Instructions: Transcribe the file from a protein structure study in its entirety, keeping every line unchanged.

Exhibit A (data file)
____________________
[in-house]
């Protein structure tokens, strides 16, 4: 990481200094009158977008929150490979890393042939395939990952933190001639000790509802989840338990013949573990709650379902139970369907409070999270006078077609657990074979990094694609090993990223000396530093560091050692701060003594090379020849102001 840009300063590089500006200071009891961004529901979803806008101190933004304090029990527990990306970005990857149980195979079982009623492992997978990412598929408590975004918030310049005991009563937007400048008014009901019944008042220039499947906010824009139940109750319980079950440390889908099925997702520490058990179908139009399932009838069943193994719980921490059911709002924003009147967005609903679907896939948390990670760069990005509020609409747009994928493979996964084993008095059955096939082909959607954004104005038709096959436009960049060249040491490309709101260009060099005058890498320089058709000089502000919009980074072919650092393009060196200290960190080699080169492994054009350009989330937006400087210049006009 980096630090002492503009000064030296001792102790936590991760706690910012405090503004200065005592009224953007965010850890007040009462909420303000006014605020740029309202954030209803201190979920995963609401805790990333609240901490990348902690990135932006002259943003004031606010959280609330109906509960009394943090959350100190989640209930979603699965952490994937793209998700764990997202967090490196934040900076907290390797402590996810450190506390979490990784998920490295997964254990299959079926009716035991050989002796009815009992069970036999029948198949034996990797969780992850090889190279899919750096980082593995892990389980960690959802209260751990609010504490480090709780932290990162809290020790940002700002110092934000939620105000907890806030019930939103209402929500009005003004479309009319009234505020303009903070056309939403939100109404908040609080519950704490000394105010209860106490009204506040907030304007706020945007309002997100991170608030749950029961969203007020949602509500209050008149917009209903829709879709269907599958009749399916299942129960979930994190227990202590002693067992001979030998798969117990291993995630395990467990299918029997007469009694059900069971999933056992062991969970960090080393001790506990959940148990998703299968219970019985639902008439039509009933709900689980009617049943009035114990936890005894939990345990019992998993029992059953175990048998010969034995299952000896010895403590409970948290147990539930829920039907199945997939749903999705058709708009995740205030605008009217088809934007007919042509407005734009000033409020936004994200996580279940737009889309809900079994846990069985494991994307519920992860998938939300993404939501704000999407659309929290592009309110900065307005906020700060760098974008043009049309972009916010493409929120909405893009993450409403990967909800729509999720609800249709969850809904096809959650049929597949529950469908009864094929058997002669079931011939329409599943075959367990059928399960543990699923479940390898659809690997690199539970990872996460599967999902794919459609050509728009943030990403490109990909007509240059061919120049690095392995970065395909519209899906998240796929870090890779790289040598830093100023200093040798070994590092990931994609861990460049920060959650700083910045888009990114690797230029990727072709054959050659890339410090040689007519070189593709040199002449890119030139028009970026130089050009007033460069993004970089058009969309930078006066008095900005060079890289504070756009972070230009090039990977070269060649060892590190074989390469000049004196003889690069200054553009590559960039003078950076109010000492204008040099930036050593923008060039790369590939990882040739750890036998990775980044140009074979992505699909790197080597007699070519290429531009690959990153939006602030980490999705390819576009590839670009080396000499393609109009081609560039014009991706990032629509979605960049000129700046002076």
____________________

[in-house]
């Protein structure tokens, strides 16, 4: 990481200094009158977008929150490979890393042939395939990952933190001639000790509802989840338990013949573990709650379902139970369907409070999270006078077609657990074979990094694609090993990223000396530093560091050692701060003594090379020849102001 840009300063590089500006200071009891961004529901979803806008101190933004304090029990527990990306970005990857149980195979079982009623492992997978990412598929408590975004918030310049005991009563937007400048008014009901019944008042220039499947906010824009139940109750319980079950440390889908099925997702520490058990179908139009399932009838069943193994719980921490059911709002924003009147967005609903679907896939948390990670760069990005509020609409747009994928493979996964084993008095059955096939082909959607954004104005038709096959436009960049060249040491490309709101260009060099005058890498320089058709000089502000919009980074072919650092393009060196200290960190080699080169492994054009350009989330937006400087210049006009 980096630090002492503009000064030296001792102790936590991760706690910012405090503004200065005592009224953007965010850890007040009462909420303000006014605020740029309202954030209803201190979920995963609401805790990333609240901490990348902690990135932006002259943003004031606010959280609330109906509960009394943090959350100190989640209930979603699965952490994937793209998700764990997202967090490196934040900076907290390797402590996810450190506390979490990784998920490295997964254990299959079926009716035991050989002796009815009992069970036999029948198949034996990797969780992850090889190279899919750096980082593995892990389980960690959802209260751990609010504490480090709780932290990162809290020790940002700002110092934000939620105000907890806030019930939103209402929500009005003004479309009319009234505020303009903070056309939403939100109404908040609080519950704490000394105010209860106490009204506040907030304007706020945007309002997100991170608030749950029961969203007020949602509500209050008149917009209903829709879709269907599958009749399916299942129960979930994190227990202590002693067992001979030998798969117990291993995630395990467990299918029997007469009694059900069971999933056992062991969970960090080393001790506990959940148990998703299968219970019985639902008439039509009933709900689980009617049943009035114990936890005894939990345990019992998993029992059953175990048998010969034995299952000896010895403590409970948290147990539930829920039907199945997939749903999705058709708009995740205030605008009217088809934007007919042509407005734009000033409020936004994200996580279940737009889309809900079994846990069985494991994307519920992860998938939300993404939501704000999407659309929290592009309110900065307005906020700060760098974008043009049309972009916010493409929120909405893009993450409403990967909800729509999720609800249709969850809904096809959650049929597949529950469908009864094929058997002669079931011939329409599943075959367990059928399960543990699923479940390898659809690997690199539970990872996460599967999902794919459609050509728009943030990403490109990909007509240059061919120049690095392995970065395909519209899906998240796929870090890779790289040598830093100023200093040798070994590092990931994609861990460049920060959650700083910045888009990114690797230029990727072709054959050659890339410090040689007519070189593709040199002449890119030139028009970026130089050009007033460069993004970089058009969309930078006066008095900005060079890289504070756009972070230009090039990977070269060649060892590190074989390469000049004196003889690069200054553009590559960039003078950076109010000492204008040099930036050593923008060039790369590939990882040739750890036998990775980044140009074979992505699909790197080597007699070519290429531009690959990153939006602030980490999705390819576009590839670009080396000499393609109009081609560039014009991706990032629509979605960049000129700046002076």